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interpret

[in-tur-prit] /ɪnˈtɜr prɪt/
verb (used with object)
1.
to give or provide the meaning of; explain; explicate; elucidate:
to interpret the hidden meaning of a parable.
2.
to construe or understand in a particular way:
to interpret a reply as favorable.
3.
to bring out the meaning of (a dramatic work, music, etc.) by performance or execution.
4.
to perform or render (a song, role in a play, etc.) according to one's own understanding or sensitivity:
The actor interpreted Lear as a weak, pitiful old man.
5.
to translate orally.
6.
Computers.
  1. to use an interpreter to transform (a program written in a high-level language) into a sequence of machine actions, one statement at a time, executing each statement immediately before going on to transform the next one.
  2. to read (the patterns of holes in punched cards) with an interpreter, printing the interpreted data on the same cards so that they can be read more conveniently by people.
See also interpreter (def 3).
verb (used without object)
7.
to translate what is said in a foreign language.
8.
to explain something; give an explanation.
Origin
1350-1400
1350-1400; Middle English interpreten < Latin interpretārī, derivative of interpret- (stem of interpres) explainer
Related forms
interpretable, adjective
interpretability, interpretableness, noun
interpretably, adverb
noninterpretability, noun
noninterpretable, adjective
preinterpret, verb (used with object)
reinterpret, verb
self-interpreted, adjective
self-interpreting, adjective
uninterpretable, adjective
uninterpreted, adjective
well-interpreted, adjective
Synonym Study
1. See explain.
Dictionary.com Unabridged
Based on the Random House Dictionary, © Random House, Inc. 2014.
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Examples from the web for interpret
  • We each interpret our experiences and reality in a way that makes sense to each of us.
  • That's why so many students around the world are not able to read and understand, interpret and make inferences.
  • Likewise, how you define words will impact how you interpret combinations of words.
  • But not all modern realists interpret their creed in so mechanical a manner.
  • Evolutionary psychology tells us that our brains developed to interpret complex social signals.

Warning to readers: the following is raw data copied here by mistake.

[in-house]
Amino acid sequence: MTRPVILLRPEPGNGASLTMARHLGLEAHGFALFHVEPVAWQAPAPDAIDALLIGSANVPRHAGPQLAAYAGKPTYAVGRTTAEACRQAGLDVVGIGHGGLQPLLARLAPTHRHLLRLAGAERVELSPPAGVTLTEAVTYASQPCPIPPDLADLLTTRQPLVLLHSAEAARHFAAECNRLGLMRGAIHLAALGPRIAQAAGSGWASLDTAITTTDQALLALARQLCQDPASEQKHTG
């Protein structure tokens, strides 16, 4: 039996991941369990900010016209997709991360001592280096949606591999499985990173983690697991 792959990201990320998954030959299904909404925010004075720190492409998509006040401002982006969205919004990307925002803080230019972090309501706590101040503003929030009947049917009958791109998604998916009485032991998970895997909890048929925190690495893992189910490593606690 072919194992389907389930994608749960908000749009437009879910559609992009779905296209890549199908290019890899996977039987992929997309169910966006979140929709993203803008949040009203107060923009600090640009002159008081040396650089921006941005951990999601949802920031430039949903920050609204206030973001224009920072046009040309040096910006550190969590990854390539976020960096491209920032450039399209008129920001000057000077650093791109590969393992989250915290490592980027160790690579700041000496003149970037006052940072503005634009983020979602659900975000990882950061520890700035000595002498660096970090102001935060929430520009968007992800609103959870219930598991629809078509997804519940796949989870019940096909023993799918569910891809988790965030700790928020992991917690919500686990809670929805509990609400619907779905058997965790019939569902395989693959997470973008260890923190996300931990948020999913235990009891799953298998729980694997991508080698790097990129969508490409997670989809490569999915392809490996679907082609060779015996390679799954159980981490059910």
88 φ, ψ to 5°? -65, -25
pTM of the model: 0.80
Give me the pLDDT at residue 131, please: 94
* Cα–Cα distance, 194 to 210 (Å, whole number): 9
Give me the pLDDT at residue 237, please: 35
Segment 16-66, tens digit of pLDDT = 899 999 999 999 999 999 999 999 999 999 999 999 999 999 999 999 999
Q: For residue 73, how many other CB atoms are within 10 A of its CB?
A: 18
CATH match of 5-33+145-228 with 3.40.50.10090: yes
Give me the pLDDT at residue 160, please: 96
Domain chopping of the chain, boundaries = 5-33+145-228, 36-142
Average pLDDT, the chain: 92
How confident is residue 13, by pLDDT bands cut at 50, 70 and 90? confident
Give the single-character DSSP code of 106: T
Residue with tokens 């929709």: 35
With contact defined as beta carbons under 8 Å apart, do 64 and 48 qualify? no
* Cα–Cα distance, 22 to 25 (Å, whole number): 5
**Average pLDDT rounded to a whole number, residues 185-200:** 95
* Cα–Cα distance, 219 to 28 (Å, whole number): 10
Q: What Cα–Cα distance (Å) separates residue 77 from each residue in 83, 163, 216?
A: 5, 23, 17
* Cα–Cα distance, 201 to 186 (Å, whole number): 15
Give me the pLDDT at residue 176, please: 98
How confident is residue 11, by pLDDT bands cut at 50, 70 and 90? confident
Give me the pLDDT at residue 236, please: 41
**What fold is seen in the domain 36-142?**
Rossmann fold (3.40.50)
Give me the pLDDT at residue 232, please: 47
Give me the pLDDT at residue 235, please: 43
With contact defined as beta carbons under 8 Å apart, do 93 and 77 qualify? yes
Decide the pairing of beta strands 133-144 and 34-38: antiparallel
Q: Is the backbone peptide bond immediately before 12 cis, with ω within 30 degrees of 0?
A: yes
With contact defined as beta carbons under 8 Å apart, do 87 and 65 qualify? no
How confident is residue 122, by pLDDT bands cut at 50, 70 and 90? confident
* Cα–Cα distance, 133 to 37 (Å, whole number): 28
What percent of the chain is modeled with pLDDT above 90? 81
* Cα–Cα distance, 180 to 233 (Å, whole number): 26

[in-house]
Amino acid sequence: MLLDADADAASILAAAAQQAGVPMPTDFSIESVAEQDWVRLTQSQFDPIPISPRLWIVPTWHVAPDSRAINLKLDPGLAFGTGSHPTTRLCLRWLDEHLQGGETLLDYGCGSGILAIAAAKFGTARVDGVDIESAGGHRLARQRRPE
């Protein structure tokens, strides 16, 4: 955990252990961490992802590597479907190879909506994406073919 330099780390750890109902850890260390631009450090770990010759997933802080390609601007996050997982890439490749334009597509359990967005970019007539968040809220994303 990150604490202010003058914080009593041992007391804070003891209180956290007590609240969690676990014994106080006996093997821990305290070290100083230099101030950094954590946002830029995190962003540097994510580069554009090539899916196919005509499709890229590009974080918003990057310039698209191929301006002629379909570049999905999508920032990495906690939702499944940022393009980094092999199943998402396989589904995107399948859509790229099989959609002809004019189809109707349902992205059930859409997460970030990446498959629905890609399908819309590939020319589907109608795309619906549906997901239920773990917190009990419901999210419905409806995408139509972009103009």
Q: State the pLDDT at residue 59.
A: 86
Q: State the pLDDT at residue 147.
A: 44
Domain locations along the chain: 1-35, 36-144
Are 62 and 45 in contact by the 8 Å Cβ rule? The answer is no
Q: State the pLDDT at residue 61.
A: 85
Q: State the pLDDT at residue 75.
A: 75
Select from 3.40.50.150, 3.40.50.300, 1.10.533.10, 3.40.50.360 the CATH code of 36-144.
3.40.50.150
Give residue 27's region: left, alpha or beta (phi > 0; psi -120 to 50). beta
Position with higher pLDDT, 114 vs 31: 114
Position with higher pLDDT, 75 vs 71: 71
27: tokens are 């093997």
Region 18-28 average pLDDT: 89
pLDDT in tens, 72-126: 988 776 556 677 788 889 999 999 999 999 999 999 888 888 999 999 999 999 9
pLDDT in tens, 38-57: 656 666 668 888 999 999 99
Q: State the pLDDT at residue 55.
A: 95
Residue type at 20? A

• Proponents of the method interpret its value more broadly.
  • There are lots of tools out there that aggregate existing information and even organize it for users to interpret.
  • However, it is an error to interpret that criticism as a demand for less rigor.
  • While it will take years to interpret the ecological tales trapped in the new amber, one important story is already suggested.
  • It's people who listen to experts and interpret what they said and come to a conclusion.
British Dictionary definitions for interpret

interpret

/ɪnˈtɜːprɪt/
verb
1.
(transitive) to clarify or explain the meaning of; elucidate
2.
(transitive) to construe the significance or intention of: to interpret a smile as an invitation
3.
(transitive) to convey or represent the spirit or meaning of (a poem, song, etc) in performance
4.
(intransitive) to act as an interpreter; translate orally
Derived Forms
interpretable, adjective
interpretability, interpretableness, noun
interpretably, adverb
Word Origin
C14: from Latin interpretārī, from interpres negotiator, one who explains, from inter- + -pres, probably related to pretiumprice
Collins English Dictionary - Complete & Unabridged 2012 Digital Edition
© William Collins Sons & Co. Ltd. 1979, 1986 © HarperCollins
Publishers 1998, 2000, 2003, 2005, 2006, 2007, 2009, 2012
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Word Origin and History for interpret
v.

late 14c., from Old French interpreter (13c.) and directly from Latin interpretari "explain, expound, understand," from interpres "agent, translator," from inter- (see inter-) + second element of uncertain origin, perhaps related to Sanskrit prath- "to spread abroad," PIE *per- (5) "to traffic in, sell" (see pornography). Related: Interpreted; interpreting.

Online Etymology Dictionary, © 2010 Douglas Harper
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